Cars Used to Come with Rear ABS Brakes


Source: Jalopnik

NEW YORK – Every car in the U.S. after 2011 has had to be equipped with electronic stability control thanks to Federal Motor Vehicle Safety Standard 126. This means they all cars have four-wheel antilock brakes (ABS).

But not too long ago, many cars had no ABS at all; More interesting, though, is an intermediate phase between those two periods—a phase in which vehicles had rear-only ABS. Yes, that was a thing.

It’s a bit baffling to me, since one of the main advantages of ABS is the ability to maintain steering under braking, as this (strangely robotic) YouTube video from Bosch India explains: https://youtu.be/7aPLDsIrN9Y

I mention this only because, after writing about the holy grail of GM minivans—the manual transmission, Quad 4-equipped Pontiac Trans Sport—I received an email from someone named Kaz, who wanted to tell me about how amazing early 1990s Mazda MPVs were.

Kaz is totally right, by the way, which is why my coworker Andrew wrote a whole story on these incredible off-road vans. These MPVs had locking center differentials and skid plates, which is pretty incredible.

This email sent me down what the kids are calling a “rabbit hole,” and now I know more about early 1990s, manual transmission 4×4 Mazda MPVs than I’ve ever wanted to. This deep dive into the MPV brought me to one of the most 1990s commercials I’ve ever seen: https://youtu.be/mhDccBMygYk

“Its V6 engine and rear anti-lock brakes let you handle even the worst weather with confidence,” the narrator says before we learn that a team of unconfident children won a game not because of talent, but because the other team forfeited.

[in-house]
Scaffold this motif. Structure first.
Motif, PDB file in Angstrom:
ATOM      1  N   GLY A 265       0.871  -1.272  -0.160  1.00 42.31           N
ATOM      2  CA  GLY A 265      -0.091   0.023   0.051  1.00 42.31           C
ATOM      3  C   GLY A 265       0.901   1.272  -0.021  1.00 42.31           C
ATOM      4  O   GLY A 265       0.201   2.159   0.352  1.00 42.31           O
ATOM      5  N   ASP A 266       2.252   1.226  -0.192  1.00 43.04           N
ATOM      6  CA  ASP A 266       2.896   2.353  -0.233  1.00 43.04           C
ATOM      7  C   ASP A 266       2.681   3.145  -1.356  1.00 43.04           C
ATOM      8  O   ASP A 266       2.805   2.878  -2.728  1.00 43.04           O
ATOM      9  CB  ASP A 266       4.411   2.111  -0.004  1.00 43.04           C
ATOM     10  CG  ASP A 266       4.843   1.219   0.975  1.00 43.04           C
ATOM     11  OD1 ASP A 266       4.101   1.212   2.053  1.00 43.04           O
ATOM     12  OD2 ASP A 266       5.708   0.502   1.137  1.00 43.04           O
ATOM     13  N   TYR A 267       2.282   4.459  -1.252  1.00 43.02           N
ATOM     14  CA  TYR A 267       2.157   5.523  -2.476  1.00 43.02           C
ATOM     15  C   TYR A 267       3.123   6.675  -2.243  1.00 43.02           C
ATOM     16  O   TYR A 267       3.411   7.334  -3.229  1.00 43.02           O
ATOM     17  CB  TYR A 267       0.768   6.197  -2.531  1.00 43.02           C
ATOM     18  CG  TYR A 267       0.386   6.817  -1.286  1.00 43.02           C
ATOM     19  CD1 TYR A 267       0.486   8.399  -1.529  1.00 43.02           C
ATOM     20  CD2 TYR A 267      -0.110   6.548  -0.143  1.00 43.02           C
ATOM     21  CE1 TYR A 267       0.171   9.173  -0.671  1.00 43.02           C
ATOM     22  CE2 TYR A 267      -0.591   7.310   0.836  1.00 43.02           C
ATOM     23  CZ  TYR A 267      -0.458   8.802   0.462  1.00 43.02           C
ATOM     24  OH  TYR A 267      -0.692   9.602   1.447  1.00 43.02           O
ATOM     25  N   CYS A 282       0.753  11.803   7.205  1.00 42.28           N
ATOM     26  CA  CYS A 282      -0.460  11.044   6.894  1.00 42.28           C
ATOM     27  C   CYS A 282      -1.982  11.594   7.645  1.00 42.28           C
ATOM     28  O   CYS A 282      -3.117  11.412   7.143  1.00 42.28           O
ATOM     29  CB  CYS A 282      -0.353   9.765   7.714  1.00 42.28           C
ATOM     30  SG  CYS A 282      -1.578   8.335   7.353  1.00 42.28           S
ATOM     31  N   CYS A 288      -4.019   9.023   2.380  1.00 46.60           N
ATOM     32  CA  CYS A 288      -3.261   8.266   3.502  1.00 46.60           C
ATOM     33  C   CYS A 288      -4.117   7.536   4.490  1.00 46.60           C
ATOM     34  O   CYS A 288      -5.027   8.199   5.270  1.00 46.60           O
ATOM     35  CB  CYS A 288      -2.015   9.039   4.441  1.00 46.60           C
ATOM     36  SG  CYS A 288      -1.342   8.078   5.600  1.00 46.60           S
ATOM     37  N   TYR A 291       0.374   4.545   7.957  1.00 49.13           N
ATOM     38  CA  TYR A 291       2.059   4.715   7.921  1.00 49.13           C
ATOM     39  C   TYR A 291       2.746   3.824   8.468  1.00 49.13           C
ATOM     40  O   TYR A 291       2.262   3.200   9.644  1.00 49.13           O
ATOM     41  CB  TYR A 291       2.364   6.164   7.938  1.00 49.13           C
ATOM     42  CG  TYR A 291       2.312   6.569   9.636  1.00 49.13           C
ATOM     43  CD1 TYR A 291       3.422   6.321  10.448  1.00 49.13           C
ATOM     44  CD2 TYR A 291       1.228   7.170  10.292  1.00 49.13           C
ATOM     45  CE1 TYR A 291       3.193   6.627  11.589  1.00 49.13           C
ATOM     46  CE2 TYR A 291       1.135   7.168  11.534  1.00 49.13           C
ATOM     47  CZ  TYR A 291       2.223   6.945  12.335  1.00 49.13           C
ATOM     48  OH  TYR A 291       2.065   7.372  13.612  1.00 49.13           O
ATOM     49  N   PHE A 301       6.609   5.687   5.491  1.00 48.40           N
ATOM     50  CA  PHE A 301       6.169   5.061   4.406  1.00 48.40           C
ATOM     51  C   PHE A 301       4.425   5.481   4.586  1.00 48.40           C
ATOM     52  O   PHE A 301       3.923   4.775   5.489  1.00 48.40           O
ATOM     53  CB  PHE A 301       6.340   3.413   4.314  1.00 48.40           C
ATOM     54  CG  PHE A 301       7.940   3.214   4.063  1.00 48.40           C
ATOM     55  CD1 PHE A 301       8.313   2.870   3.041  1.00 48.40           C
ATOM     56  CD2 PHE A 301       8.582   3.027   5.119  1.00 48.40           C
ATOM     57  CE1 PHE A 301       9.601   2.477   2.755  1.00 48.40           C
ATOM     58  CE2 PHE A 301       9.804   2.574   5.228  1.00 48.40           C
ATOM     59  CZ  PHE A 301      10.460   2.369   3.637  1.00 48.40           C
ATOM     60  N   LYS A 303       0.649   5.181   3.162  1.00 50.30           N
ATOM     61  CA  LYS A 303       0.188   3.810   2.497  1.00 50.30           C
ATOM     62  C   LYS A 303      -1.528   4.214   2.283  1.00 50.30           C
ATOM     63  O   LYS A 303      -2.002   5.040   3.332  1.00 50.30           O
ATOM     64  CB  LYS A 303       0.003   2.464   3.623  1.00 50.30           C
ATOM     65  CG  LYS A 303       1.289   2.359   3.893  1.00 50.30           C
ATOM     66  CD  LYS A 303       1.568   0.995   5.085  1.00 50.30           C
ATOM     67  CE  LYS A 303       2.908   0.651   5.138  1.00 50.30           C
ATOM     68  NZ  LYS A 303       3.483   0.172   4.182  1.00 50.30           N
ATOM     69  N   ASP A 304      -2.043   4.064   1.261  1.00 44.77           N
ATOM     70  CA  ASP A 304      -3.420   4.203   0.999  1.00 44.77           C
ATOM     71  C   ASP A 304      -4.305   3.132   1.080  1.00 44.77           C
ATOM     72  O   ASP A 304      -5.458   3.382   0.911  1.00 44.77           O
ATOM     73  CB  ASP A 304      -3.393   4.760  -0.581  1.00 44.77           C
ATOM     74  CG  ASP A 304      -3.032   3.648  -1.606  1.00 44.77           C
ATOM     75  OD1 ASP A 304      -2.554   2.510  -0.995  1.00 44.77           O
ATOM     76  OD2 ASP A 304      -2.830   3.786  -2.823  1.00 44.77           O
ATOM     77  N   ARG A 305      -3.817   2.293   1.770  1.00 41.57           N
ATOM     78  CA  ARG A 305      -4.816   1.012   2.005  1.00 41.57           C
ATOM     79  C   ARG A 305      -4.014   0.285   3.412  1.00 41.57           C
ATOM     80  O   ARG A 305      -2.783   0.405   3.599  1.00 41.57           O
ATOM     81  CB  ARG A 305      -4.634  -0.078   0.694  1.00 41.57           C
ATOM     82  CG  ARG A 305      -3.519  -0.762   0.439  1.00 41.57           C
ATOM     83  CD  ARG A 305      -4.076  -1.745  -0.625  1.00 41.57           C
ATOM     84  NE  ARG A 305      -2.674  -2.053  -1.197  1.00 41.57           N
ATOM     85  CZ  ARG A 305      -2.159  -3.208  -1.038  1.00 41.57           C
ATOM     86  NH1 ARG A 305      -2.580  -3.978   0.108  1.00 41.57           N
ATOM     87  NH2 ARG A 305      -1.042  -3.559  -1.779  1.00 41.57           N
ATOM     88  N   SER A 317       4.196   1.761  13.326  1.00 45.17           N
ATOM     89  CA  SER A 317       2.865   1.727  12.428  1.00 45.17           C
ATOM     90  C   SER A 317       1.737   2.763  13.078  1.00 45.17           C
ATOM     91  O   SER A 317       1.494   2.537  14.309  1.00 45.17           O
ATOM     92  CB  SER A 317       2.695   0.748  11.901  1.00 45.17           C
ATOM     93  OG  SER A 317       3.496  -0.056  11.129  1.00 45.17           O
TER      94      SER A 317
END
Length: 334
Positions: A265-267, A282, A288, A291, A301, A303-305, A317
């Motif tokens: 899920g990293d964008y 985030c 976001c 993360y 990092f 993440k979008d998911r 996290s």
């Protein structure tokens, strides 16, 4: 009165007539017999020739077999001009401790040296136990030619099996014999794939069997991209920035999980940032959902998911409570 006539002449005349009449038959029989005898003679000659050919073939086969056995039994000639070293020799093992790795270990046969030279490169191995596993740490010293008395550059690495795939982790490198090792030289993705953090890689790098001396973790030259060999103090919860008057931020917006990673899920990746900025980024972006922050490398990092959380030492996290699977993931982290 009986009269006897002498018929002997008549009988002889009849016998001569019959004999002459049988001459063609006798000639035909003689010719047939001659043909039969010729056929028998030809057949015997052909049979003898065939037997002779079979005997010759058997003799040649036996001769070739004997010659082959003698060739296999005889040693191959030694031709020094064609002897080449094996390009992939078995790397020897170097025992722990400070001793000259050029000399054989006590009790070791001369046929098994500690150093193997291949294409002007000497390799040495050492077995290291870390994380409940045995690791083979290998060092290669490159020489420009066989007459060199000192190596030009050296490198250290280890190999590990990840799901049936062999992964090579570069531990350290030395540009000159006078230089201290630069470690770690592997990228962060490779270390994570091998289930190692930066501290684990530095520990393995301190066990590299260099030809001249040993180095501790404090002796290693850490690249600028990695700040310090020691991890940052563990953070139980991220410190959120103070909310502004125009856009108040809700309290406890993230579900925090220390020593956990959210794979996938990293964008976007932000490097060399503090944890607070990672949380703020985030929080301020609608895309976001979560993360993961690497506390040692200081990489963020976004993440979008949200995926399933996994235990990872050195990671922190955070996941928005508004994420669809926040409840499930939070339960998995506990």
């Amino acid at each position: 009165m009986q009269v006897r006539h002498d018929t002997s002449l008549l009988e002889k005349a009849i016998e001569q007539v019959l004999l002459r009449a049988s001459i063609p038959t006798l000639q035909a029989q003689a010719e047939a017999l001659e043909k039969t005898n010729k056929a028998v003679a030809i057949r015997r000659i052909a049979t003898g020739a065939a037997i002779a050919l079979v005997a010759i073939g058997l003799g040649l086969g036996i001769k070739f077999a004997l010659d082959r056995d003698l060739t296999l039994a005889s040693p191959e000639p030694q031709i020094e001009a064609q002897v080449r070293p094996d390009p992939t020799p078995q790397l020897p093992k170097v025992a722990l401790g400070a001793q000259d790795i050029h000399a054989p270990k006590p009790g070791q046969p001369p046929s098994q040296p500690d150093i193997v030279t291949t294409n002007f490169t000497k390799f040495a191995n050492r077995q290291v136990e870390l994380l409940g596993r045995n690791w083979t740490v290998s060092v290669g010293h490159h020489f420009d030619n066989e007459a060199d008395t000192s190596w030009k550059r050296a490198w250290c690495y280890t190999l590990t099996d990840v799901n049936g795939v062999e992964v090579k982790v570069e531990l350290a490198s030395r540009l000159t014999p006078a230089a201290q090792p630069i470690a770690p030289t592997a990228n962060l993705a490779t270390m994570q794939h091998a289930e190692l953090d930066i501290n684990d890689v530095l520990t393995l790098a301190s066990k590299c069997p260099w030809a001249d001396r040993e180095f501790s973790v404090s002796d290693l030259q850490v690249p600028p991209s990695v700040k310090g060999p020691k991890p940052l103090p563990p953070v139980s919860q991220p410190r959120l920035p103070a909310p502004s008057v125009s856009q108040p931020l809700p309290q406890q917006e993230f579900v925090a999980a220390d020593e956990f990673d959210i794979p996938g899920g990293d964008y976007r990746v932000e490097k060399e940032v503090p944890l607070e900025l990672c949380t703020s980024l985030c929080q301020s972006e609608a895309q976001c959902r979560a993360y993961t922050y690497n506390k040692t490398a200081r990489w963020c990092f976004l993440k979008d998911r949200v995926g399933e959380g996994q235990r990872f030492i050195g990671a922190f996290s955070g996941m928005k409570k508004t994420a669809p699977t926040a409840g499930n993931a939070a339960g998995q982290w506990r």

Yes, you read that quote right. Rear anti-lock brakes.

I’m sure the old-timers among you, and some of the young-timers, think I’m a child for not knowing about the existence of rear-only anti-lock brakes. But I’m sure I’m not the only ignorant person out there, so let’s talk about this weird system.

It’s known as a “one-channel” braking system, and it’s as simple as it gets. As the Clemson University Vehicular Electronics Laboratory writes on its website, this setup uses “One valve and speed sensor located on the rear axle [to]monitor both the rear wheels. This type of ABS is commonly seen in pickup trucks.”

Pretty straightforward. There’s a single valve that shuts off pressure to both rear brakes based on input from a single speed sensor in the rear axle or possibly in the transmission or transfer case. Plus, there’s a pump to build pressure, and a computer to control it all. Very simple and very cheap.

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